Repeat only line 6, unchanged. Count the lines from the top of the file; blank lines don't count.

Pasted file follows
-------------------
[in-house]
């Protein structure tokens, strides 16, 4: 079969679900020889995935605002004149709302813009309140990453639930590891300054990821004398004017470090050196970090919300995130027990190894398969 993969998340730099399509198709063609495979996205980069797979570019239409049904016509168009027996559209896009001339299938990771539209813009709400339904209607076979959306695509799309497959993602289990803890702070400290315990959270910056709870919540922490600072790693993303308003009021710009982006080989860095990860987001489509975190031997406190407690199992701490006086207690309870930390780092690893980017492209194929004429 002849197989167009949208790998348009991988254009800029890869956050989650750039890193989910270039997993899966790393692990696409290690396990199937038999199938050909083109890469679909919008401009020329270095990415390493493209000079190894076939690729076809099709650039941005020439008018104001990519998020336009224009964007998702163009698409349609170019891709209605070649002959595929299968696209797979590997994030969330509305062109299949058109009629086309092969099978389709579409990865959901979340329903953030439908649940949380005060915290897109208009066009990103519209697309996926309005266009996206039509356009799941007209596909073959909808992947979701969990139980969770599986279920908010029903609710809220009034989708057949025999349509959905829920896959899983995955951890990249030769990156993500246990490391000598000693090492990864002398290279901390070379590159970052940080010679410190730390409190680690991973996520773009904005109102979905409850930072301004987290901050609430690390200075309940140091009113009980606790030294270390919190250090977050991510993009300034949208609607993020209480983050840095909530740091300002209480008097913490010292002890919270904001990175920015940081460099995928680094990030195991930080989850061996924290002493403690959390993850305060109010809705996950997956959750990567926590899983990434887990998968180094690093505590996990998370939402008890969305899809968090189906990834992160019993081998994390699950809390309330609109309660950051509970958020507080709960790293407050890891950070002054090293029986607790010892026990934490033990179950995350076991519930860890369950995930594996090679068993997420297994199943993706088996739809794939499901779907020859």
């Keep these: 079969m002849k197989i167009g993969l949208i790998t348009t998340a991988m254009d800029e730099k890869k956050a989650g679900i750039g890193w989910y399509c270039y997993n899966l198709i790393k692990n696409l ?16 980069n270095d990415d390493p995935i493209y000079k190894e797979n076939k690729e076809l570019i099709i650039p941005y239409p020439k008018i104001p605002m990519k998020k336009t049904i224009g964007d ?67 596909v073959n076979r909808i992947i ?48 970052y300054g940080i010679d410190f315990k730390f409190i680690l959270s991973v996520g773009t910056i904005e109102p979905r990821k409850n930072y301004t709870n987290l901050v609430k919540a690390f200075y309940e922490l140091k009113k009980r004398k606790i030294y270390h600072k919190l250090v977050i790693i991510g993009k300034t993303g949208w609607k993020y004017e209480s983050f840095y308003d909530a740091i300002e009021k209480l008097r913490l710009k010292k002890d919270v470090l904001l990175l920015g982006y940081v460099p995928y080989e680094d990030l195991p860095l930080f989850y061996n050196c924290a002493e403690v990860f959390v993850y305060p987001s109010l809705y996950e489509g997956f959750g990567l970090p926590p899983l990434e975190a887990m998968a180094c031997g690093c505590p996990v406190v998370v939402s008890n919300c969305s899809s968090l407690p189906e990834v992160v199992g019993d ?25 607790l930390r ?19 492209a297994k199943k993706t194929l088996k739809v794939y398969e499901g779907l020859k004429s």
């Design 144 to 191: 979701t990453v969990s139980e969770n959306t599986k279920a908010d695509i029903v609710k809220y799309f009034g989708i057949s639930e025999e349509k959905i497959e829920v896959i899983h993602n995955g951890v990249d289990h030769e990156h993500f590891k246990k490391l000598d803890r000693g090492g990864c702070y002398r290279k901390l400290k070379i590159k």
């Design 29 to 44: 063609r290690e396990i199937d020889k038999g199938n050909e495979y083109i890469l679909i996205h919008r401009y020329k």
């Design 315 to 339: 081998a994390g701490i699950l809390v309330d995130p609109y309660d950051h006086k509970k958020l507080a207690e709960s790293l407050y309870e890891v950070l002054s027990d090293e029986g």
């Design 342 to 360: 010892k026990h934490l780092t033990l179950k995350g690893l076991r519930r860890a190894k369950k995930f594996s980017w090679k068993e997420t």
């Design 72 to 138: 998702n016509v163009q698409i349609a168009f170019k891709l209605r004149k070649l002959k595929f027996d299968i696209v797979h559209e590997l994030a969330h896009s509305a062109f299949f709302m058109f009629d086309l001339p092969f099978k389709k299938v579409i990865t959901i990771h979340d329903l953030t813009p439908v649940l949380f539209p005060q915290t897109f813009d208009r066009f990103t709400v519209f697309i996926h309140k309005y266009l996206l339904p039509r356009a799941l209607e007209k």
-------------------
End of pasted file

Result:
């Design 315 to 339: 081998a994390g701490i699950l809390v309330d995130p609109y309660d950051h006086k509970k958020l507080a207690e709960s790293l407050y309870e890891v950070l002054s027990d090293e029986g």